The Big One
From ‘la petite mort’ to The Big One…
Three musings on death…
1. In our communities of origin we were raised to believe that this life is a short dream and reality happens in some inaccessible future, with death merely the opening of the eyes, the move from sleep to wake (cue Abie Rotenberg: “..for in the distance there’s a place, where we’ll stand up tall and straight, oh I believe, there is a world to come… – why is this shit not on youtube yet???)
For those of us who no longer believe in an afterlife, death and its consequences can be a new exciting and terrifying boundary on reality. How does the finality of this version of death change the quality of our life?
For me, having a child is one way I deal with my new appreciation for my mortality. Knowing my DNA and my memory, will (hopefully) live on after I do in this person, is a comfort for my new awareness of the coming end of it all.
2. A long time ago, I wrote in an online forum, that after I died, I wanted all of my secrets to be told and all of my most explicit art and writing to be made public. A friend challenged me – why was I waiting for my death for this?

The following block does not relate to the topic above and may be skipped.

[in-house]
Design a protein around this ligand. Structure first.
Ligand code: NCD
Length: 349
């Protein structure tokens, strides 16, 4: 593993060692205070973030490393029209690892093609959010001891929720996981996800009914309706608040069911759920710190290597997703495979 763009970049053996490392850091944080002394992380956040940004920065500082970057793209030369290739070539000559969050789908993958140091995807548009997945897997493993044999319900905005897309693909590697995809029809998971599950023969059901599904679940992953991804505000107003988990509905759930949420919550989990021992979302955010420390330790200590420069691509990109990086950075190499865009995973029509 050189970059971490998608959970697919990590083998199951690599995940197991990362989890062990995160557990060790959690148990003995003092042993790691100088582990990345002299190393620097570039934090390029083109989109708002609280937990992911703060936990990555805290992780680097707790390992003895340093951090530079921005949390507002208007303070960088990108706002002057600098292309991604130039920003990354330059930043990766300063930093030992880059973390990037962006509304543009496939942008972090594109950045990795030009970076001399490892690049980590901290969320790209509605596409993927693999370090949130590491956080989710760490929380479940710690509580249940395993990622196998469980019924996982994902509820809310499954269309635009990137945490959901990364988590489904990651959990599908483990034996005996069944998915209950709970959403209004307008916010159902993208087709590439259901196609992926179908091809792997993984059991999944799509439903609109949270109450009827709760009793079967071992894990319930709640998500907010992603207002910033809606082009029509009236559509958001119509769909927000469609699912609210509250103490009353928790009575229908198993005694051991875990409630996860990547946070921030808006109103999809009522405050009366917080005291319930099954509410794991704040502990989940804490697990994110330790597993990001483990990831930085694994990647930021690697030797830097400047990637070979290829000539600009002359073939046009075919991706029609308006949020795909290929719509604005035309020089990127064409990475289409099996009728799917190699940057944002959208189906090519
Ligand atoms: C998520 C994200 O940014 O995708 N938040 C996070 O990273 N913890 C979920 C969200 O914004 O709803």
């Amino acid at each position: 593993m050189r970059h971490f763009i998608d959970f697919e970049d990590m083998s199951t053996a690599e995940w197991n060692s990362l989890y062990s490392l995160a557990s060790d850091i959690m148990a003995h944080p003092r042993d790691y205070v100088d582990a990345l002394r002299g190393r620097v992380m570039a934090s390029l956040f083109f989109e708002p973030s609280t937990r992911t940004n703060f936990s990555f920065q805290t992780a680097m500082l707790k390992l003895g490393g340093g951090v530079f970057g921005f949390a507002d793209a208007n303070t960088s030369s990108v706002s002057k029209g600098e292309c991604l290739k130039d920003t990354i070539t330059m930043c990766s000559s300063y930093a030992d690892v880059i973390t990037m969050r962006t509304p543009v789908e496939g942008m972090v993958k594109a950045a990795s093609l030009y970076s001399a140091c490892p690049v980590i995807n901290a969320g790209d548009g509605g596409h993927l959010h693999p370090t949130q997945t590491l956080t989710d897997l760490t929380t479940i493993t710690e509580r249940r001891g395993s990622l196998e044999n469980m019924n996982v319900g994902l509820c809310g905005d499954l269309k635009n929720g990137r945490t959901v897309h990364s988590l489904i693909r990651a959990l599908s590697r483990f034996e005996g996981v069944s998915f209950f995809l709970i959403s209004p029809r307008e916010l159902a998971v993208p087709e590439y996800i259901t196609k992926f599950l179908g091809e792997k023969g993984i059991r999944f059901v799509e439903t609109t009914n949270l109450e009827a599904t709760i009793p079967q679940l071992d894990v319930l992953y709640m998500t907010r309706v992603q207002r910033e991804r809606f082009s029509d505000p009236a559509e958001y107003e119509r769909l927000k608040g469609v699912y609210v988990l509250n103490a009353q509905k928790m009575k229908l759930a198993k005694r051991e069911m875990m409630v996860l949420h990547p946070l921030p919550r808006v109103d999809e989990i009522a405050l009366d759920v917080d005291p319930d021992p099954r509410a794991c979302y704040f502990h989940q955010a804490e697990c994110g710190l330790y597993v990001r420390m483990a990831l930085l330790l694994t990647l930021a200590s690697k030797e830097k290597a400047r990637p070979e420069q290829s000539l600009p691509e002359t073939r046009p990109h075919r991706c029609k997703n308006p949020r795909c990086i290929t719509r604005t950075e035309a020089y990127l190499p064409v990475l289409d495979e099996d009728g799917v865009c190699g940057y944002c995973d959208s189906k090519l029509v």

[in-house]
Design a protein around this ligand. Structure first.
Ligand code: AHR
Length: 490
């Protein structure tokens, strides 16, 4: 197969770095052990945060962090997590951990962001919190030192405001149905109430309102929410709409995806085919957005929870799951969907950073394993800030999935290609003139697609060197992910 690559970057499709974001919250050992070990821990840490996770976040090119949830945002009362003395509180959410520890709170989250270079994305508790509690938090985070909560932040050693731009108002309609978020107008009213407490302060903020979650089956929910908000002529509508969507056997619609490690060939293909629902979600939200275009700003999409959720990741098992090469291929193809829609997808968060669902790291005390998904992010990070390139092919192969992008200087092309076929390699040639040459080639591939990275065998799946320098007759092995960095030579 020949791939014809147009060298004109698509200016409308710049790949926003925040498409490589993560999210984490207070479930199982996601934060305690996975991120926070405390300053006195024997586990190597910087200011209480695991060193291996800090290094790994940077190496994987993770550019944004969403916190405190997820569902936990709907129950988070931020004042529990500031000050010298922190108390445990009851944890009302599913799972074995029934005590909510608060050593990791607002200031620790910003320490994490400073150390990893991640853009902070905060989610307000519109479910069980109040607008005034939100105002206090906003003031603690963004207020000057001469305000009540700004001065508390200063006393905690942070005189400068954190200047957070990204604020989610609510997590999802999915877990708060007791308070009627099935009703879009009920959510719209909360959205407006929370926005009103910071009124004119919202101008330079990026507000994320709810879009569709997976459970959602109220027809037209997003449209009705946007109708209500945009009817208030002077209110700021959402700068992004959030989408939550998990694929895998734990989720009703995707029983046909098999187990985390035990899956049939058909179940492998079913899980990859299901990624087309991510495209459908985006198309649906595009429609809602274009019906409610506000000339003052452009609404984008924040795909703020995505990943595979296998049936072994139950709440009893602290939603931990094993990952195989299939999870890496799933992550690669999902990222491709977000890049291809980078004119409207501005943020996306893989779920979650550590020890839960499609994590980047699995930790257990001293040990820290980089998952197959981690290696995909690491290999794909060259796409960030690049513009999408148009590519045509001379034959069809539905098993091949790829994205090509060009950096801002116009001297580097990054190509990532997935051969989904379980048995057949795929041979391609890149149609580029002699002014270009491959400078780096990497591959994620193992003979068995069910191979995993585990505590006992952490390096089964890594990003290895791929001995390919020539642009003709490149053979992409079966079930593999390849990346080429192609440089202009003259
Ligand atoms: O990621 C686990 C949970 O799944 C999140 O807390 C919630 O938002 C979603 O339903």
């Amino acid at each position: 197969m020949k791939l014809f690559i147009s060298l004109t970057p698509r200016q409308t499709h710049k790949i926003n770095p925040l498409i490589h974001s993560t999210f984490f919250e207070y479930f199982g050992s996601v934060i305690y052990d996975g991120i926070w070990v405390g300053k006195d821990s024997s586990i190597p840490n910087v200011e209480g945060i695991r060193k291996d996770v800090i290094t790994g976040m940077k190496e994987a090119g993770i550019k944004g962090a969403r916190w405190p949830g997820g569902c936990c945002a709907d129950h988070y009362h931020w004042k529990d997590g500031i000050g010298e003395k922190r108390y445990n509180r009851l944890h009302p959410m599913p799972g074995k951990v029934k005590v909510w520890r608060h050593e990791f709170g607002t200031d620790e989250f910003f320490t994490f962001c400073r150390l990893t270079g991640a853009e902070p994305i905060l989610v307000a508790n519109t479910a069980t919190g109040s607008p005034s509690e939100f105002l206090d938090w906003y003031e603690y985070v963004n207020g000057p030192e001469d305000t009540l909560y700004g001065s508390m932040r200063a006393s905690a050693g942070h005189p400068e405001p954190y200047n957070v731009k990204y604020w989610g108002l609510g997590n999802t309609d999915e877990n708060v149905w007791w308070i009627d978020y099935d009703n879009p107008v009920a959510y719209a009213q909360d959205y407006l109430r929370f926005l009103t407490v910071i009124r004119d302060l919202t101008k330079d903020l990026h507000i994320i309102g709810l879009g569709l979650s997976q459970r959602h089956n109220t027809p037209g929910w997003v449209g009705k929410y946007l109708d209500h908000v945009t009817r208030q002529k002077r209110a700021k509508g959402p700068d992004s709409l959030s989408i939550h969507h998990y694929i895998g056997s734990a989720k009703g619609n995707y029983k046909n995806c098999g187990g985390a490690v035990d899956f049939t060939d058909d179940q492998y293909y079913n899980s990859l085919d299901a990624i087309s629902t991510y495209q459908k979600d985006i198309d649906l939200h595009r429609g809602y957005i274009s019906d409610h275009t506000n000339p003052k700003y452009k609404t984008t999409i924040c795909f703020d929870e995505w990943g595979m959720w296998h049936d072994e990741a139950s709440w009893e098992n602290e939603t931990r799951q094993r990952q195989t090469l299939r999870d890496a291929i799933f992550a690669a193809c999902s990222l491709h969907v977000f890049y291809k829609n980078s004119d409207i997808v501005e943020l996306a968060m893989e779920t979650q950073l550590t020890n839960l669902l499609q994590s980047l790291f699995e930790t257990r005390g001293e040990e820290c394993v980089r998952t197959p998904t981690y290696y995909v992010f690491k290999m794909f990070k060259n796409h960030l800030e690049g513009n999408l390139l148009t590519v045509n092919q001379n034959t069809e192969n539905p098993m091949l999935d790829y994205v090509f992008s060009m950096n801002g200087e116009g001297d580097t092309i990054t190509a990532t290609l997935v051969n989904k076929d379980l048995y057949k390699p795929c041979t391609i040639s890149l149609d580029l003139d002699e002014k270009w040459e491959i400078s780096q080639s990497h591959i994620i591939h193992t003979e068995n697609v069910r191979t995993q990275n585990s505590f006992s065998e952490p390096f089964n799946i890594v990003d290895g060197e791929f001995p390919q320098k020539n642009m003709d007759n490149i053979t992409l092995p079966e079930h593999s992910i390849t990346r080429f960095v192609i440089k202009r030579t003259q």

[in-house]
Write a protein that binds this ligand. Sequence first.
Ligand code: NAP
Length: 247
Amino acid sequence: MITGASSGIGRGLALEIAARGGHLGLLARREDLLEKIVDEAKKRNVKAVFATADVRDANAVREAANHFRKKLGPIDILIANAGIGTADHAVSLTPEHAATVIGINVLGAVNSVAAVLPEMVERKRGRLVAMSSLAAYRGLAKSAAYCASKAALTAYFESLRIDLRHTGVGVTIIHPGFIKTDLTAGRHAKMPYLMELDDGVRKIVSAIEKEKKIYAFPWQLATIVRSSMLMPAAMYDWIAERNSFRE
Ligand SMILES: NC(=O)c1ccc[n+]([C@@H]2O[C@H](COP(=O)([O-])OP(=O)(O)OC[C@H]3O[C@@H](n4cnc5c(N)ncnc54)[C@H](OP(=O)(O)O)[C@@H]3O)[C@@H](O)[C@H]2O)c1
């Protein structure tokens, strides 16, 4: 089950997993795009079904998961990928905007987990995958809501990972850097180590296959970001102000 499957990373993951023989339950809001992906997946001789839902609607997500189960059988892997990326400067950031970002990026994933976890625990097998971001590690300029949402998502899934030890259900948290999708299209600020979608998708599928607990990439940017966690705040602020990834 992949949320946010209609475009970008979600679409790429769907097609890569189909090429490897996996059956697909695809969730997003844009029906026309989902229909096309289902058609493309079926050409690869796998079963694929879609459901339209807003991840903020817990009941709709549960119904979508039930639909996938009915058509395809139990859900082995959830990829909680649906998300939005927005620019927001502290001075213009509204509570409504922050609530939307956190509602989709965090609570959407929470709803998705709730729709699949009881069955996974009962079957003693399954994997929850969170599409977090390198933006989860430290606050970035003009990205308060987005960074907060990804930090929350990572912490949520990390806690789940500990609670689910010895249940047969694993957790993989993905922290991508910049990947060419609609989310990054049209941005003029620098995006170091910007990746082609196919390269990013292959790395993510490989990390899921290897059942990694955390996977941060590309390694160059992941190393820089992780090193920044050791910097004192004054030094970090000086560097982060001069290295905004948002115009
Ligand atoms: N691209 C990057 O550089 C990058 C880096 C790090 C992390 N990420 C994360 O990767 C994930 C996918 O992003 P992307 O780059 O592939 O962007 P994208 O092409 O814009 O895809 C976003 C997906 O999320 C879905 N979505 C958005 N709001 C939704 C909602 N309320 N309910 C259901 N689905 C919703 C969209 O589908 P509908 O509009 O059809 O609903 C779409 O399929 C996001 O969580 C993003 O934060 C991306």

Can the courage of death be borrowed in life?
3. As I consider these ideas in the context of my life and my friends’ lives, I can’t help but think about all of the raised white lines that travel across the wrists and arms of our peers, mementoes of flirtations with death. For some of us, as we travel from the life we have always know to a new life, death waits on the bridge between the two, tempting us to halt our journeys.
But (ironically) unlike the fairy tales of our childhood, where the story that approaching death meant the start of a new life, a better life, was only a myth, only a fable, in our journeys, with death beckoning too soon, if we can only ignore his call, and keep on traveling, we can actually find a garden of Eden in the world to come.Printable Version